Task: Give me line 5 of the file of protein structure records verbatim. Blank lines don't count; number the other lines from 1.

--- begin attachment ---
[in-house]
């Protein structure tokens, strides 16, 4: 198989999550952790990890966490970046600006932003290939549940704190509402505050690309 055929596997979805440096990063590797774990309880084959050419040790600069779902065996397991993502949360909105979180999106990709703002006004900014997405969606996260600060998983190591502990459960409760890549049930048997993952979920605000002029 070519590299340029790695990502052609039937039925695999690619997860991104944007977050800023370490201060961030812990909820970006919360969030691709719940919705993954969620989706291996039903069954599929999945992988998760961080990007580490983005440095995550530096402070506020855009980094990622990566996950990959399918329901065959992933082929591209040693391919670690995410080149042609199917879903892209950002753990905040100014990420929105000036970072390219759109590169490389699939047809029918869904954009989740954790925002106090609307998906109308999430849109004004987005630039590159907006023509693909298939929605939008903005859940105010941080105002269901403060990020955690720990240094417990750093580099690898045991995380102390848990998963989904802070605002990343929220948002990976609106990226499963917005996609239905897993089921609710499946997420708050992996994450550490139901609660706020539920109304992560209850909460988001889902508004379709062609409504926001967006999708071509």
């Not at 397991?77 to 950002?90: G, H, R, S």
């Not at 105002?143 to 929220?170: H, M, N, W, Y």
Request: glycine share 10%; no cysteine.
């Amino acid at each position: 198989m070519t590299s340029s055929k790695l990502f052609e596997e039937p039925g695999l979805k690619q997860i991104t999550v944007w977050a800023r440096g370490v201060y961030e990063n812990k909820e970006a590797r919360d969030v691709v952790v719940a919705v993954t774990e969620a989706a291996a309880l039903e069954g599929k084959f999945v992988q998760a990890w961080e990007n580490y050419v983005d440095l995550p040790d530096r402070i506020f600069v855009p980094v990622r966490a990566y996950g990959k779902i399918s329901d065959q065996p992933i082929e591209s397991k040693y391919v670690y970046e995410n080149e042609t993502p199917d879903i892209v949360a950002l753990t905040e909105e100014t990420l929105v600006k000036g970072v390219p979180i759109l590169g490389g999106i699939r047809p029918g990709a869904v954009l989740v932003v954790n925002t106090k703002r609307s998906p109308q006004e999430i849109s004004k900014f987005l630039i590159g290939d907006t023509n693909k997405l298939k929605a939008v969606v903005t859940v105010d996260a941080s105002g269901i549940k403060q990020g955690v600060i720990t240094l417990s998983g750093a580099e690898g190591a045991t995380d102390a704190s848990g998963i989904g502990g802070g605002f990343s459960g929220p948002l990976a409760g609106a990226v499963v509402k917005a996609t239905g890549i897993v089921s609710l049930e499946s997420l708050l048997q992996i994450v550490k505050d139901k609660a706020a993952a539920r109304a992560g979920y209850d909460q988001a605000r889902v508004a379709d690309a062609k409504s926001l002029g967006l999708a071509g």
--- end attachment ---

Request: glycine share 10%; no cysteine.